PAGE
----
This recipe has two completely separate parts. While neither of them are particularly time-consuming, it would be a good opportunity to divide and conquer if you have a cooking buddy. Alternately, if it seems intimidating to do everything at the end of the day, you can easily make it ahead and stick it in the oven to warm and brown at dinnertime.

Paleo shepherd’s pie with cauliflower-parsnip mash

Prep Time20 mins
Cook Time1 hr 5 mins
Course: Main Course
Keyword: AIP, autoimmune paleo, cauliflower, cottage pie, dairy-free, egg-free, gluten-free, grain-free, grass-fed beef, keto, nut-free, shepherd’s pie, whole 30

Ingredients

The topping

  • 1 medium head cauliflower
  • 2 parsnips
  • 4 garlic cloves
  • 1 Tb coconut oil
  • ¾ tsp salt

The filling

  • 2 lbs grass-fed ground beef
  • 3 carrots
  • 3 celery stalks
  • 2 onions
  • 2 tsp rosemary
  • 2 tsp thyme
  • 1 bay leaf
  • 2 Tb tomato paste omit for AIP
  • 1.5 Tb tallow or lard or oil
  • Salt and pepper to taste – omit pepper for AIP

Instructions

The topping

  • Cut the cauliflower into large florets and parsnips into 1-inch chunks. Peel the garlic cloves.
  • Add cauliflower, parsnips and garlic to a large pot.
  • Add an inch of water and steam with the lid on for about 10 minutes, until a fork easily pierces all the vegetables.**
  • Add all the vegetables and ¼ cup of the cooking liquid (this may be all there is) to a large food processor with the coconut oil and salt. Purée until very smooth.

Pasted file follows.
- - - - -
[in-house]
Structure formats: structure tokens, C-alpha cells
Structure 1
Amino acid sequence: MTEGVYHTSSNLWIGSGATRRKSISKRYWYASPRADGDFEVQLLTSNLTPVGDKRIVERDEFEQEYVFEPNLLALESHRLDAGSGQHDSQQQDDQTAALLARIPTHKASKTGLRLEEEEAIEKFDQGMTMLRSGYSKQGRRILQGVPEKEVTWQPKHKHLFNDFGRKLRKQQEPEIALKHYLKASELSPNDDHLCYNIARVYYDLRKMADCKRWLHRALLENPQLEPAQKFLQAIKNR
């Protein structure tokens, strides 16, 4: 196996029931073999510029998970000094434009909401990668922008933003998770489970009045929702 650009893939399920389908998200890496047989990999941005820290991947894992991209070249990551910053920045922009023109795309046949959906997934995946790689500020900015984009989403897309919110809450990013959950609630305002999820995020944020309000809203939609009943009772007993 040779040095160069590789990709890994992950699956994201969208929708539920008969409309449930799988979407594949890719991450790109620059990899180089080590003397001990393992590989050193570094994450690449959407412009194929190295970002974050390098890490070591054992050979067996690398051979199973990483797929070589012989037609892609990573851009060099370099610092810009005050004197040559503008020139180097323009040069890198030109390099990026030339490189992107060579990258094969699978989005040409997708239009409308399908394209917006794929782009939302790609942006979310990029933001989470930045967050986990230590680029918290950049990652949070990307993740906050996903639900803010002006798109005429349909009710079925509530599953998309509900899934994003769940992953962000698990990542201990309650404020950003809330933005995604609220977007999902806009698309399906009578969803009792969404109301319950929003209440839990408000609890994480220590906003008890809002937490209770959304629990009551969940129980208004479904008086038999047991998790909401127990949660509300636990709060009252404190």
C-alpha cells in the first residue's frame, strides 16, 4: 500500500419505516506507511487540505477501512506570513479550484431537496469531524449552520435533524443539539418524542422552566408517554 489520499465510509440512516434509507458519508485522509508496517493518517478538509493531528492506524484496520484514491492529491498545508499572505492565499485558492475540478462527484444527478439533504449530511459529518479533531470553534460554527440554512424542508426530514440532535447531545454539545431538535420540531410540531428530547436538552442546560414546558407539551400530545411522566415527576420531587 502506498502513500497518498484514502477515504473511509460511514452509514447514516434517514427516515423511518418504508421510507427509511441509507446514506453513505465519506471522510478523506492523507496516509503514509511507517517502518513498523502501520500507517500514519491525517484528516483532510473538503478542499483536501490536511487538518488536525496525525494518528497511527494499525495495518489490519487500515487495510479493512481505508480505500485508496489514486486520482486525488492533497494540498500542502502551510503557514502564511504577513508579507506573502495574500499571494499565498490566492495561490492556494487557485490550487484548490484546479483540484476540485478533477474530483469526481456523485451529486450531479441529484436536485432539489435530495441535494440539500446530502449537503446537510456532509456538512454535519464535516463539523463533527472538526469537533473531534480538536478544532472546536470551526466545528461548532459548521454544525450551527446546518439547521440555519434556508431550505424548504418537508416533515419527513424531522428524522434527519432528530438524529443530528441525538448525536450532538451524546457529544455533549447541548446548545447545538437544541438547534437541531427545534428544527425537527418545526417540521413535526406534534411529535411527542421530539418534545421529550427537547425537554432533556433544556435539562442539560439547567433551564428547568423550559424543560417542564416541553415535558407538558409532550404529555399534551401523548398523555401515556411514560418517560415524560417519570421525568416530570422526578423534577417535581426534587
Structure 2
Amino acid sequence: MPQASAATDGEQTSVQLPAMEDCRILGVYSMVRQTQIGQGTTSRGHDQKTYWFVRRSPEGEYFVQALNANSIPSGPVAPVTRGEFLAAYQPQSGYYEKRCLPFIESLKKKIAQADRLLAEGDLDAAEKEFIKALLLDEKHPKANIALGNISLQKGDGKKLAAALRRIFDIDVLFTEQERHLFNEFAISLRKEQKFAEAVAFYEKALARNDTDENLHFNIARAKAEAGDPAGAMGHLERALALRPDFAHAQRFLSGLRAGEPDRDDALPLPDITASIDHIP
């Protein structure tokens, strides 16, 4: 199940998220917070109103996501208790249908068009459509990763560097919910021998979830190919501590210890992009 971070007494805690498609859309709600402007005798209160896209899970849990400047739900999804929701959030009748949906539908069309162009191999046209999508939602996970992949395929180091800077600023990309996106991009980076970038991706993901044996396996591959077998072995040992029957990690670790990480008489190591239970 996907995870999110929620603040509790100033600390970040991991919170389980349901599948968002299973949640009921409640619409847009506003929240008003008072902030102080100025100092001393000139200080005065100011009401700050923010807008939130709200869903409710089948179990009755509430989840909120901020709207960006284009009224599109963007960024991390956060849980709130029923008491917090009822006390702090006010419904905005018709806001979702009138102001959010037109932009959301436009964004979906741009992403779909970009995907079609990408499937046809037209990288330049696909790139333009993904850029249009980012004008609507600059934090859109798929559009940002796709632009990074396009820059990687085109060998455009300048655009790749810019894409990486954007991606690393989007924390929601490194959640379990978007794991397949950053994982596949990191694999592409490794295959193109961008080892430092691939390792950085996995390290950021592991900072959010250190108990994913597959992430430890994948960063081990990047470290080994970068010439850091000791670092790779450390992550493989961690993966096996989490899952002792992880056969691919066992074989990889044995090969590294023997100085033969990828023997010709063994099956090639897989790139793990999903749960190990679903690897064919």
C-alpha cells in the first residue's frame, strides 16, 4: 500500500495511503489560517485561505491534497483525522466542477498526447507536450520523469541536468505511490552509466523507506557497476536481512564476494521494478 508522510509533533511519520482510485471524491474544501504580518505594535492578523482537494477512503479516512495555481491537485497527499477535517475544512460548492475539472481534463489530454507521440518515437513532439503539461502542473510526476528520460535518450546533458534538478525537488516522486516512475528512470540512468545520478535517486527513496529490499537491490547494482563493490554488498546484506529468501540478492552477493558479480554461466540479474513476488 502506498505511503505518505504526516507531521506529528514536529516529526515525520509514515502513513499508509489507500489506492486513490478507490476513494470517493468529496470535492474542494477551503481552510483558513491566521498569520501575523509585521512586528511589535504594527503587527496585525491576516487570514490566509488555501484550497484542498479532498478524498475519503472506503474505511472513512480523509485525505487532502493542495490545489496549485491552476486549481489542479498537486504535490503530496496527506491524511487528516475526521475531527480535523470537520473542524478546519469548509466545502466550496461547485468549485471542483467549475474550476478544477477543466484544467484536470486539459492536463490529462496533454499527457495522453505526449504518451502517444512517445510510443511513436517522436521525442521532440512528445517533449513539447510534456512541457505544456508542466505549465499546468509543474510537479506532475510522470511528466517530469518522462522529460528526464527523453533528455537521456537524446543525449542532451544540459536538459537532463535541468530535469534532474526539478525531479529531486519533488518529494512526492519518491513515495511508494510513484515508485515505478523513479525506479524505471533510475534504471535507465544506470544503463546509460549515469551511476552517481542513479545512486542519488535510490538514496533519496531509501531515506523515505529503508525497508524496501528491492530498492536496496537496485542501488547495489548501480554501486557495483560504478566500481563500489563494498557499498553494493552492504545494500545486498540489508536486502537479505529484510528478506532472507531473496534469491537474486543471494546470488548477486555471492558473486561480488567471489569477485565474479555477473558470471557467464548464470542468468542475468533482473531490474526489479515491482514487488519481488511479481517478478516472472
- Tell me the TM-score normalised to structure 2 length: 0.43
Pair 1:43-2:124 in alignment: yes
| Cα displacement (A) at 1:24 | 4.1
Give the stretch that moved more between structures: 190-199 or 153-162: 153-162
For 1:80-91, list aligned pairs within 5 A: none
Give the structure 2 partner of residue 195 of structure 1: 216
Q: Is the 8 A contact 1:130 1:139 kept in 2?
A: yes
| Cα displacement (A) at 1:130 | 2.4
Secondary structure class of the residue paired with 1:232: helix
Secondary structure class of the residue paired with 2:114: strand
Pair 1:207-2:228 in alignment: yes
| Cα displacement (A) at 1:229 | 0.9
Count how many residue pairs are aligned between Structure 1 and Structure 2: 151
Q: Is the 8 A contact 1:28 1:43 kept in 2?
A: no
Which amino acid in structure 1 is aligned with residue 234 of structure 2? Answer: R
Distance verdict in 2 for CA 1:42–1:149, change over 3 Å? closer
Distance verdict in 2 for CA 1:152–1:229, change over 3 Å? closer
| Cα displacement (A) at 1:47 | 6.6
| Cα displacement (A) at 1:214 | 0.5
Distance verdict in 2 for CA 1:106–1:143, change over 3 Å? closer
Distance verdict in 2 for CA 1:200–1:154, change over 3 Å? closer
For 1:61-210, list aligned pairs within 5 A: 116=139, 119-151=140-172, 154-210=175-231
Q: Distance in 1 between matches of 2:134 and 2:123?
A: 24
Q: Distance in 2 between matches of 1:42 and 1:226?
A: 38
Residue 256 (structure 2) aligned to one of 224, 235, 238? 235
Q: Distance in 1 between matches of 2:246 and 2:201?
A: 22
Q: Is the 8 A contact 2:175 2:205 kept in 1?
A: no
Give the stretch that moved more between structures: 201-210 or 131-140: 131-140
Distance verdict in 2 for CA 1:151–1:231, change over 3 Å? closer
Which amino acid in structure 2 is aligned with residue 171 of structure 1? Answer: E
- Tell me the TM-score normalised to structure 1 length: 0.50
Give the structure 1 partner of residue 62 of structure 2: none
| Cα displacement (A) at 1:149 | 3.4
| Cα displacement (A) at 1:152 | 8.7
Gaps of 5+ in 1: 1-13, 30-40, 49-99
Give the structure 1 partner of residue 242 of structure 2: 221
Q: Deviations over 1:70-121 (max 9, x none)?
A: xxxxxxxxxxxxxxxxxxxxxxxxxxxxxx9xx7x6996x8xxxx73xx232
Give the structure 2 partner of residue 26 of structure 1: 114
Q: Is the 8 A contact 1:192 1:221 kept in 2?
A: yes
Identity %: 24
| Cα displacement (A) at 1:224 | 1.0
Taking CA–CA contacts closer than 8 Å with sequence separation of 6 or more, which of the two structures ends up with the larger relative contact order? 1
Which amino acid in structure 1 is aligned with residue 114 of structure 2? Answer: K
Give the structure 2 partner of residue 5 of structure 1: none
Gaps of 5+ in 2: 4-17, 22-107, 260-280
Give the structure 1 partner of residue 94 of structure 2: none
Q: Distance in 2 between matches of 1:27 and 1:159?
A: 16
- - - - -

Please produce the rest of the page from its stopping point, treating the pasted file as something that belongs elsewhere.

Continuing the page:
The filling

  • Dice up the carrots, celery and onion.
  • Heat 1 Tb of the fat in a large skillet over medium heat.
  • Add the cut up vegetables, rosemary, thyme, bay leaf, and some salt and pepper to the skillet.
  • Sautée for 5 minutes, until onions become translucent. Stir in the tomato paste to coat the vegetables.
  • Push the veggies to the outside of the pan and add in the beef, breaking it up with a wooden spoon. Season it liberally with salt and pepper.
  • Cook for 5-10 minutes, until the bottom is browned, and mix it up to cook the other side until no pink remains.
  • Remove the bay leaf!

Putting it together

  • Preheat the oven to 350°F for convection or 400°F otherwise.
  • Use a square or rectangular dish that holds between 6 to 8 cups to assemble. (I love this one. It’s the perfect size for tall slices and has a leak-proof lid for storage or taking to a dinner party.
  • Pour in the meat mixture and press down into an even layer.
  • Evenly distribute the topping over the meat layer with a rubber spatula.
  • Drag a fork over the top in both directions to make peaks that will brown up in the oven.
  • Use the remaining ½ Tb fat to dot the top, which will help with browning, too.
  • Bake for 20 minutes. Then, switch on the broiler to get the top really brown.
  • Let cool for a few minutes (it will be very hot) and serve.

Notes

**When steaming veggies, I would usually recommend a steaming basket so you don’t lose the nutrients, but I use the water for the recipe, so it doesn’t make much difference.